(Original 2019 article) Scripting Basics - Beginner guide for scripting on Roblox

Hello! :smile:
I’m making this guide to help players who are new to scripting learn some basic concepts of scripting and a few dos and donts. This is definitely missing a lot of important information, but I will be updating it.

If you’re brand new you should read The Basics below, but if you know about variables, functions, and data types you should skip to Concepts.

The Basics

Data types


Strings hold text! They are surrounded by double quotes, ", or single quotes, '. They can also be surrounded with [[ and ]] to make them span across multiple lines!


Tables are lists which can have named “indexes”. You may have heard of Arrays, Objects, or Dictionaries. Tables are both of these combined.

{"My array", "is cool"} -- I'm like an object but my indexes are numbers in order! I don't skip gaps.
{["My object"] = "is cool"} -- I can have indexes with any value! I can be an array but I might not be one! Just like squares and rectangles.


Booleans are true or false. They aren’t much more, but they offer a lot of use in programming. When you compare values in programming languages you’ll get a Boolean!

1 < 3 -- One is less than three, so true
4 == 2 -- Four doesn't equal two, so false
6 > 7 -- 6 is less than 7, not greater than, so false again


Numbers! 1, 2, 3, and all the rest.
Numbers can be stored in different ways. Floats can efficiently store non whole numbers. They’re basically scientific notation! Integers are whole numbers. Doubles are another way to store numbers which are similar to floats.

Lua numbers can contain decimals. You can represent them as a fraction through division: 1/5 = 0.2

Variables and functions

Variables are simply a way to store a value. They can hold anything and are one of the most important features in all programming languages. They can be local, meaning they can be used where they are created or global meaning they can be used anywhere!

variable = "My string"
local localVariable = "My other string"

do -- I don't do anything special, but I have my own set of locals! That's called a scope.
	print(abc) -- I can't see the variable yet!
	local abc = 123 -- I only exist inside of the do statement and I can only be used after this line!
	-- Everything past here can see abc!
	print(abc) -- prints 123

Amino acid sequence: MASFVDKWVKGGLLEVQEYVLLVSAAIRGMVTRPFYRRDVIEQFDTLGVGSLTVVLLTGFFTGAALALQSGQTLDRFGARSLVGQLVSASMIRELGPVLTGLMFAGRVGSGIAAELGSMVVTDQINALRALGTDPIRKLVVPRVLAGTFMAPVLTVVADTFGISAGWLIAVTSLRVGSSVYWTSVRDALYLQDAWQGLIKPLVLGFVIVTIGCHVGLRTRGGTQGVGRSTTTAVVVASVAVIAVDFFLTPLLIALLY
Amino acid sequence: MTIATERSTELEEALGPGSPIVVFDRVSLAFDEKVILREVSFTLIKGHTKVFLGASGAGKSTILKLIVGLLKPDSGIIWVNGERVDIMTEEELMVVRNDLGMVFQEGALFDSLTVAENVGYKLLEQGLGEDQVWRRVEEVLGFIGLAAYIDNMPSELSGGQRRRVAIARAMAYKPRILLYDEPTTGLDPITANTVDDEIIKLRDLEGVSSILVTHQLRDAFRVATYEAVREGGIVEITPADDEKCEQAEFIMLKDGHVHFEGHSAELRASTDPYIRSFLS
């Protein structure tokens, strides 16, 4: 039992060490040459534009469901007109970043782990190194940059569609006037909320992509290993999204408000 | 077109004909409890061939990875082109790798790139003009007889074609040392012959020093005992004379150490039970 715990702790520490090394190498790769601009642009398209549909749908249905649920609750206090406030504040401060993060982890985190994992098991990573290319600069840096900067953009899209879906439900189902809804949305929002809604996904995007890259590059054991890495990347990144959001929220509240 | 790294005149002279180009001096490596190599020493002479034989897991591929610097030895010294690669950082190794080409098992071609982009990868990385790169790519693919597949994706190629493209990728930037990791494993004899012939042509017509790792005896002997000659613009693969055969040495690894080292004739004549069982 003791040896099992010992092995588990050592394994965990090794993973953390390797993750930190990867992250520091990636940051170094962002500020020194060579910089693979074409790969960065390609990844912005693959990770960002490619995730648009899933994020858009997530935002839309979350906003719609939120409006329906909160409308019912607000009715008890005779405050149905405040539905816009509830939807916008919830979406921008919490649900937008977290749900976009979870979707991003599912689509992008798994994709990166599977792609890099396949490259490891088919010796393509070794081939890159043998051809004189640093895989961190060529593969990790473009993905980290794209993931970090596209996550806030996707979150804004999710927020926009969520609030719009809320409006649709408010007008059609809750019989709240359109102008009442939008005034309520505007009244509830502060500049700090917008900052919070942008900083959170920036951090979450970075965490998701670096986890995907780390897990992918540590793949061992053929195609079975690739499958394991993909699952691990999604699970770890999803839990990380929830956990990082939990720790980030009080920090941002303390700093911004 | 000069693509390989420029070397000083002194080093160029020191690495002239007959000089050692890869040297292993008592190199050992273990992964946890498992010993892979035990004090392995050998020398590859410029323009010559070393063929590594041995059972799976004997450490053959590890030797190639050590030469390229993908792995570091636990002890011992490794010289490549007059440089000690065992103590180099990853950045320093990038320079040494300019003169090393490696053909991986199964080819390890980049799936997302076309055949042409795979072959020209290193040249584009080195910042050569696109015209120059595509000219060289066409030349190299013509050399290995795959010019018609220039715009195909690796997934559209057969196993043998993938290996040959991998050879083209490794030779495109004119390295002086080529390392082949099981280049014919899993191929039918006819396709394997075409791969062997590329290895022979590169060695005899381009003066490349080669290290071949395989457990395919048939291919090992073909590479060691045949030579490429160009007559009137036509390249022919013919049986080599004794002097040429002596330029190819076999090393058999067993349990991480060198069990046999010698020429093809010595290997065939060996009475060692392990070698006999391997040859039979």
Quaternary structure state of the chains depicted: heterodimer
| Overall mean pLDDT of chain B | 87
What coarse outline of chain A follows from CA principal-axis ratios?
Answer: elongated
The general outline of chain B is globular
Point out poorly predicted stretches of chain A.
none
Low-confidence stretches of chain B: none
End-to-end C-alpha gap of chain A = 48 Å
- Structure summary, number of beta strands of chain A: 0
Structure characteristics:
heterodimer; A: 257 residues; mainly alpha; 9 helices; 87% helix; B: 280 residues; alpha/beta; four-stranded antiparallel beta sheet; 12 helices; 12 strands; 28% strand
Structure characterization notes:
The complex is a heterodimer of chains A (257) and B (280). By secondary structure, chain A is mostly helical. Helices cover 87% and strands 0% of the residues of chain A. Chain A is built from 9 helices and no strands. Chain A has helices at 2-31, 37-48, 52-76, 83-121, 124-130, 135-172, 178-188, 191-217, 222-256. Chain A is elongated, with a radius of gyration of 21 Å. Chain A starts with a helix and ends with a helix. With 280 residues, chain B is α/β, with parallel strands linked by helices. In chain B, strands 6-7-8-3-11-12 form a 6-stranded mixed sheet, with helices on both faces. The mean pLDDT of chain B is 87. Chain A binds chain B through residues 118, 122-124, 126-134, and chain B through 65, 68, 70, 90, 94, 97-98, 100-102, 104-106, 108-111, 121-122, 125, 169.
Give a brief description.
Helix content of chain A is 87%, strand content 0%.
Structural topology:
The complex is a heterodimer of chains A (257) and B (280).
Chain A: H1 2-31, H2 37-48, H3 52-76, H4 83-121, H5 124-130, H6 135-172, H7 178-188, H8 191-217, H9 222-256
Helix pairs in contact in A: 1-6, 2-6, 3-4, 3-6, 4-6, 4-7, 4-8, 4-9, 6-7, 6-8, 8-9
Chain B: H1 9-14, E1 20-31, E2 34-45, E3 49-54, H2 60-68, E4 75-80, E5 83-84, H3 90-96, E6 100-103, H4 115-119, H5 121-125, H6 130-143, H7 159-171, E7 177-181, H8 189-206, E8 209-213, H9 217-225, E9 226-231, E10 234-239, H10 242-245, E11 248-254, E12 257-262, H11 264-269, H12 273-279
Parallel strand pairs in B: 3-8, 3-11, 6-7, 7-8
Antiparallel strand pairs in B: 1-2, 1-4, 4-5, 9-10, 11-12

print(abc) -- you'll see nil when this prints. Nil means no value.

Functions can run the same code multiple times! Functions can even be local!

local function myFunction(a, b, c) -- These are like variables! They're called arguments
	return a, b, c

print(myFunction(1, 2, 3)) -- You should see "1 2 3"!

local myFunction2(a, b, ...) -- ... Is like a variable but can only be used here! It represents multiple function arguments
	print(a, b)

myFunction2(1, "b", 2, "d", 3, "f")


Statements make up code.
There are different types of statements.
For example, the if statement. The if statement executes code, if a condition is true. If statements use Booleans!

if true then
    print("It ran!")

if false then
    print("You won't see me because the condition is false!")

Remember nil? Nil acts like false! And all values other than false and nil act like true!

if nil then
    print("I won't execute!")
if not nil then
    print("Not nil is true! See? "..tostring(not nil))
if 2 then
if {} then

If statements also have else and elseif clauses.
Think about it like this, if one thing happens do this, otherwise if this (elseif) then do this, otherwise (else) do this

if thing1 then

elseif thing2 then



There are many statements, like the do statement from earlier that do different things but if is one of the most important statements!


Loops are super important. They let you select items in an array or dictionary or repeat things a select number of times! They can also repeat forever or until a condition is met.
Prepare for a lot of information!

There are three main types of loops.
While and repeat loops

while myCondition do -- These loops repeat while a condition is true! This condition works the same way as if statement conditions
	-- Stuff
repeat -- These loops are like while loops but they repeat *until* a condition is true. They are the opposite of while loops.
	-- Stuff
until myCondition
-- Repeat loops can also be represented in a while loop:
while not myCondition do -- This is exactly the same as the repeat loop above! These loops exist in these two forms just as a personal preference thing. Whichever loop you think makes more sense you can use!
	-- Stuff

For loops

-- There are two main types of for loops
-- There are these loops, which "count". You can use them to repeat something any number of times!
for i=1, 10 do -- i is a local! It represents the current "index." It can be named anything you want!
	print(i) -- The index gets printed! You should see the numbers from 1 to 10
for i=1, 10, 2 do -- For loops like these also have a third option. This is the "step" option. It represents how much to add to i each loop!
	print(i) -- You should see the odd numbers from 1 to 10! 
	i = i + 100 -- You can also add to i and it won't effect the next loop.
	warn("I added 100 to i! "..i)
-- The second main type of for loop are these loops! These are also known as "foreach" loops because they loop for each of every item in an array or dictionary
local tbl = {
	["abc"] = 123,
	[1] = "abc",
	"def" -- This actually has index 2! It's like writing [2] = "def"
	[3] = "I am number 3!", -- That means that you don't need to write [3] here!
	"I am number 4!",
	"I am number 5!",
	nil -- This is nil! Watch out for this later!
	"I am number 6!",
	[{My="table"}] = "I have a special non-string index!",
	[{My="table"}] = "I have a special non-string index too! Notice how I didn't overwrite the previous index! \
		All complex data types (non-strings, non-numbers, non-booleans, non-nil, etc. \
		Tables, Instances, Vector3s, and all others are complex!) are always unique even if their content is the same." -- This string also spans multiple lines! Using \ before you press enter will make sure it stays there similar to a long string. You can also write \n and it will become a new line just like if you press enter!
for index, value in pairs(tbl) do -- This loop will loop through table giving you each index and the corresponding value! This condition is always true: tbl[index] == value.
	print(index, "=", value) -- Using commas in print, warn, or error will add a space between each item. I prefer to use commas sometimes because it types faster and is sometimes easier to read.